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st: RE: RE: RE: create many variables at once


From   "Nick Cox" <n.j.cox@durham.ac.uk>
To   <statalist@hsphsun2.harvard.edu>
Subject   st: RE: RE: RE: create many variables at once
Date   Tue, 23 Jul 2002 16:46:01 +0100

Joly.Patrick@ic.gc.ca commented on various solutions with -for*-:

> The above solutions reminded me that -for-'s functionality
> hasn't quite been
> subsumed by the introduction of -foreach- and -forvalues-
> as I have been
> prone to believe.  In version 6, I was quite content using
> the set of
> looping commands (tokenize, while, etc.) and hadn't got to
> learning -for-
> just yet.  Thus, when -foreach- and -forvalues- came about
> with Stata 7, I
> saw no reason to bother with it.   But the solutions are excellent
> illustrations that -for-'s sometimes results in more
> succinct and, arguably,
> elegant solutions as it avoids unnecessary looping.
>
> To right the wrong, I looked up for.hlp once more and noted small
> inconsistency the examples provided.  The last example reads:
>
> (begin excerpt)
>         . for any male female: save c:\data\X if sex=="X"
>
> will not work.  for will think there are three commands:
>
>         save c:
>         data
>         X if sex=="X"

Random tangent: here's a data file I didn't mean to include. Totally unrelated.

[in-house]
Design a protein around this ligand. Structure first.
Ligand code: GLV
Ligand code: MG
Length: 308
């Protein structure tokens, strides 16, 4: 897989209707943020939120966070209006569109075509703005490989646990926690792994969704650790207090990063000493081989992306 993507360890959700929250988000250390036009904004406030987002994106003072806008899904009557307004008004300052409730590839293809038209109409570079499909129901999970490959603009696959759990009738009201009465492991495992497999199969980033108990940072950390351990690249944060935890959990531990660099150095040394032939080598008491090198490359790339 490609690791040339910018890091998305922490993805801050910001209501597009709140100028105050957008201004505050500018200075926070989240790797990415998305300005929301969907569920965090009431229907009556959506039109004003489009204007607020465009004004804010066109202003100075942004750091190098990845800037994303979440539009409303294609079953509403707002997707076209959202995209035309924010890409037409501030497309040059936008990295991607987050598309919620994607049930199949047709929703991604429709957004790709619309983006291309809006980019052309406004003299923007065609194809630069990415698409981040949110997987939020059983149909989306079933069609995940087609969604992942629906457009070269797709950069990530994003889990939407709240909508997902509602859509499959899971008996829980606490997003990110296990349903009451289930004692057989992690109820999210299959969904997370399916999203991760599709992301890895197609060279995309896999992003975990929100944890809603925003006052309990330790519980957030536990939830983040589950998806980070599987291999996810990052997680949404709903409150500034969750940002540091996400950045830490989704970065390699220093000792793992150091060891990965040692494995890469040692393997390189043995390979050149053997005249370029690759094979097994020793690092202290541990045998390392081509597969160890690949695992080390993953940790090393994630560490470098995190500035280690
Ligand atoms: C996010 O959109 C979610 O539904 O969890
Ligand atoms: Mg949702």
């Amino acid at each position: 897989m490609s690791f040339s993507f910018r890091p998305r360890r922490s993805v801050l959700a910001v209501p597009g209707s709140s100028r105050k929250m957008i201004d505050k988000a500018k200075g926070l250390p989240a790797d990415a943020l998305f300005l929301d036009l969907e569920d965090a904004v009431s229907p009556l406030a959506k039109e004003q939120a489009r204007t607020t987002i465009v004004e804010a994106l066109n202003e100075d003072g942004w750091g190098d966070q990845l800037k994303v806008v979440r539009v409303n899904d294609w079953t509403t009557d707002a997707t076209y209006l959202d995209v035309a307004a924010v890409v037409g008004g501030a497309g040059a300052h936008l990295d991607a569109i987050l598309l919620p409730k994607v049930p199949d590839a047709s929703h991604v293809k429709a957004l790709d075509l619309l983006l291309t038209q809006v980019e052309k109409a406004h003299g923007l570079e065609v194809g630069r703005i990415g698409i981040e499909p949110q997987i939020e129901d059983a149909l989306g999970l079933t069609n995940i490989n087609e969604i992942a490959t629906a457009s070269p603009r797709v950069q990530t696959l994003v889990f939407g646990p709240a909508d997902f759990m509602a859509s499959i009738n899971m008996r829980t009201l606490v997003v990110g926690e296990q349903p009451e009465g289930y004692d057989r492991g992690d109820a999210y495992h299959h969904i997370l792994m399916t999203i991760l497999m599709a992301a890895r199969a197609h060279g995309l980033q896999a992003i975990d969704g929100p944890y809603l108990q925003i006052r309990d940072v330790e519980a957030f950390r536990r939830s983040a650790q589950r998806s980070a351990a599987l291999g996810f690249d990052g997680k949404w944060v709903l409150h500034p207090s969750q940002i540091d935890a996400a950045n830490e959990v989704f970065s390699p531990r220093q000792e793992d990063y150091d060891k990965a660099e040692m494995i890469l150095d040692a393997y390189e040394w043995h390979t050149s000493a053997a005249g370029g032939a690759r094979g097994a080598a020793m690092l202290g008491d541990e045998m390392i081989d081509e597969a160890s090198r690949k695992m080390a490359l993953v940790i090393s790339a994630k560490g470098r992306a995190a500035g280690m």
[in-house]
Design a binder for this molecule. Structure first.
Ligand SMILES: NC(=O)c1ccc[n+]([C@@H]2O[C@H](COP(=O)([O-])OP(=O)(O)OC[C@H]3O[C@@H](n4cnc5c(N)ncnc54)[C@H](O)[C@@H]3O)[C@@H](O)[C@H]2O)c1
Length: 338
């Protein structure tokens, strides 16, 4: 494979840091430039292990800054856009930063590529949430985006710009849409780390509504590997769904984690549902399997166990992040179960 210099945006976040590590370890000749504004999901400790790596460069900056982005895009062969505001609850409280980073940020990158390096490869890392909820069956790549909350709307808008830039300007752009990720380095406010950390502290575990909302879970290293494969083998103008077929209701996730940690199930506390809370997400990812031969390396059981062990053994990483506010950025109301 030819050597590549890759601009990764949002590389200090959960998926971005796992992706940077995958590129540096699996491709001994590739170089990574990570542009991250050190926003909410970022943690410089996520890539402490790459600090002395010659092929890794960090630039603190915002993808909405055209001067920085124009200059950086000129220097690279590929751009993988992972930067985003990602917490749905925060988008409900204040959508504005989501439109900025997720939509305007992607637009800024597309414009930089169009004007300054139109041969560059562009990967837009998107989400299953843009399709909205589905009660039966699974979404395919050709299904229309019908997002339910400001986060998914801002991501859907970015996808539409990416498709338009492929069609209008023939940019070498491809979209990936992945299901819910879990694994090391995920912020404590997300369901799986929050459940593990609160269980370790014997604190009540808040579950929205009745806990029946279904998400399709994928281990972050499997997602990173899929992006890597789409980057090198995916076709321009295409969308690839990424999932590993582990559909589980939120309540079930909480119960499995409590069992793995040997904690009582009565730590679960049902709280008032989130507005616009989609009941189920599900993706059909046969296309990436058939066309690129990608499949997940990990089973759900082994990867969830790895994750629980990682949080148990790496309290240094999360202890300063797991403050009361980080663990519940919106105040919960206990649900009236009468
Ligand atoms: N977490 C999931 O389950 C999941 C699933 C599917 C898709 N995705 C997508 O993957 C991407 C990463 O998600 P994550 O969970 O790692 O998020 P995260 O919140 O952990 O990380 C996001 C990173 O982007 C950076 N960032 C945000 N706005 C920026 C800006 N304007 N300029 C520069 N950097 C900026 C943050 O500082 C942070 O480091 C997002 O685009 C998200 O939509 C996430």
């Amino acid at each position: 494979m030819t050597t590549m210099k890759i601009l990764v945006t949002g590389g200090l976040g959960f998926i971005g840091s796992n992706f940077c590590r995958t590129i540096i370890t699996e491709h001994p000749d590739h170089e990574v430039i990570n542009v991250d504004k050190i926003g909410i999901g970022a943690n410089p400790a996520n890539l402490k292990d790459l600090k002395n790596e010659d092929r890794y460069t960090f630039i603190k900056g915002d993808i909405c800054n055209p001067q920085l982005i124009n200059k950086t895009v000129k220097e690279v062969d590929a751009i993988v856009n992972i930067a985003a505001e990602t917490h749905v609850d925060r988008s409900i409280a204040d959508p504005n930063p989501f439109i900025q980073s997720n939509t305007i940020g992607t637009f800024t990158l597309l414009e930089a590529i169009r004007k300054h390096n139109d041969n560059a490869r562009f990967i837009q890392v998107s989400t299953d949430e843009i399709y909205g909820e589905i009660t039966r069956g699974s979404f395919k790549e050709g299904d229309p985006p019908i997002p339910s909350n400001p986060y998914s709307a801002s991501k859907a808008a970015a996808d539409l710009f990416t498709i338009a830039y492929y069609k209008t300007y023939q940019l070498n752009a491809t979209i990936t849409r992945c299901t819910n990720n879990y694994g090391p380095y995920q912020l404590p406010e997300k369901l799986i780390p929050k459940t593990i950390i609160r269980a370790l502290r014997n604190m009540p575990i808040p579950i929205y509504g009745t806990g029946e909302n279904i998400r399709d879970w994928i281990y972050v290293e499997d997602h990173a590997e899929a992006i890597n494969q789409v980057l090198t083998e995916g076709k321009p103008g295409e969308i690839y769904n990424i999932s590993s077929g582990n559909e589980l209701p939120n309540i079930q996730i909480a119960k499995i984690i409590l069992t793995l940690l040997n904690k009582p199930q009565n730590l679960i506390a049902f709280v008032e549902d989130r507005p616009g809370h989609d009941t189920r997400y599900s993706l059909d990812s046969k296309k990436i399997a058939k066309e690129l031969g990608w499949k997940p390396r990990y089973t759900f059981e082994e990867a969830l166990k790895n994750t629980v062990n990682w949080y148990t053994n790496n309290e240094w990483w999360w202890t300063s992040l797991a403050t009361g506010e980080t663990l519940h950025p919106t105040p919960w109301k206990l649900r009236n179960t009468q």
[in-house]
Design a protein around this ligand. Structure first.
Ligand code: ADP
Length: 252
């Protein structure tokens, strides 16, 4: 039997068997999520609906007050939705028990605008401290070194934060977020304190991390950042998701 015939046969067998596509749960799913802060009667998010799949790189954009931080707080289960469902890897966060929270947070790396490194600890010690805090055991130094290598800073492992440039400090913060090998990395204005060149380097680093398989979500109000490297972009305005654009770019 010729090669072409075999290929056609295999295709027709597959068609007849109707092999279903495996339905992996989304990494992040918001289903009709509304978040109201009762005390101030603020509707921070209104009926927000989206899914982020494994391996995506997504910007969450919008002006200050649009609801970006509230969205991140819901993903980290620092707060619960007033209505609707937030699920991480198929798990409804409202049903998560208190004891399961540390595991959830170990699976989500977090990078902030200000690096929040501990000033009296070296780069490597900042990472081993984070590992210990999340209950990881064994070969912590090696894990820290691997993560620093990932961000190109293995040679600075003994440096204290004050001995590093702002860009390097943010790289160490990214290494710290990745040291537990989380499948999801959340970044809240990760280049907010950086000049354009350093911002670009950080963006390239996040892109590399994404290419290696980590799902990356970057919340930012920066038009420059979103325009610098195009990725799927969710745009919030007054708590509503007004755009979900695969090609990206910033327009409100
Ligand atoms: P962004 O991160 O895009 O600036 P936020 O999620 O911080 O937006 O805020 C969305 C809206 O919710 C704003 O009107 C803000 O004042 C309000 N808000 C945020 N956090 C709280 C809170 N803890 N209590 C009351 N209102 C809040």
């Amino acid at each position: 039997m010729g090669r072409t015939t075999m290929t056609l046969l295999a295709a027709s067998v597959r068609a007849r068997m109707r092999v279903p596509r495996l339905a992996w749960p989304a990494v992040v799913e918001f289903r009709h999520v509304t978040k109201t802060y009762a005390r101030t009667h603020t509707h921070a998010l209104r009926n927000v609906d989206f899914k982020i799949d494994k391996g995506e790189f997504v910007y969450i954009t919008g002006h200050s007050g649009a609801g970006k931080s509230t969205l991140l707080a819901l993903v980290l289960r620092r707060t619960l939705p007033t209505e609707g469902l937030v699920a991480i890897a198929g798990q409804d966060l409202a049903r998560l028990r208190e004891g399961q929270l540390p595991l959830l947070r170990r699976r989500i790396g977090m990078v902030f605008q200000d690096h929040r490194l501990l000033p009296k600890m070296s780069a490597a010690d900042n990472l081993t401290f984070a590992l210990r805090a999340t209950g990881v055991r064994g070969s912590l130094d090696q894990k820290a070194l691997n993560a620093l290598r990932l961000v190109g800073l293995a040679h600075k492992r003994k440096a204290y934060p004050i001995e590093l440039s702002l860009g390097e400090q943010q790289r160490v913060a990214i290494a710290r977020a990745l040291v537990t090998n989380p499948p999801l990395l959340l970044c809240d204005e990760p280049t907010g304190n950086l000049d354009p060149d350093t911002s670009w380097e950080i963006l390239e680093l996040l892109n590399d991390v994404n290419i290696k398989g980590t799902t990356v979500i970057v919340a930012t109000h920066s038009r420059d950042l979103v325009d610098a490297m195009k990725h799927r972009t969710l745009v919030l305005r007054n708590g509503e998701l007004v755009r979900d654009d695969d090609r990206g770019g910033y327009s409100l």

>
> Instead, you must type
>
>         . for any male female: save "c:\data\X" if sex=="X"
> (end of excerpt)
>
> The last line won't work either since the syntax of save
> doesn't allow  the
> [if exp] condition -- a non-feature that I, among others,
> wouldn't mind
> seeing implemented in -save- BTW. ;)  (NB: I know it's been
> discussed on the
> list before)
>

I agree that the -for- solution is neater here for the problem posed.

However, much of the engineering work behind -for- was done precisely
to achieve this result.

That is, -for- is optimised for what I think of as "parallel"
problems:

do something with the ith member of this list
[ and the ith member of that list
[ and the ith member of THAT list
...
]
]

for i = 1, ..., I

so that there are I results.

In contrast, -foreach- and -forvalues- grow very well indeed with
"nested" problems:

do something with the ith member of this list
[ and the jth member of that list
[ and the kth member of that list
...
]
]

for i = 1, ..., I
    j = 1, ..., J
    k = 1, ..., K
    ...

so that there are I * J * K * ... results.

On the whole, I think nested problems are more common in
(my) Stata practice.

On the face of it, it is difficult to devise a simple syntax
to cope with both kinds of problems. Some would argue that
it is difficult to devise a simple syntax to cope with parallel
problems.

Having said that, note that Kit Baum provided an
approach using -foreach- to the original problem.

Nick
n.j.cox@durham.ac.uk

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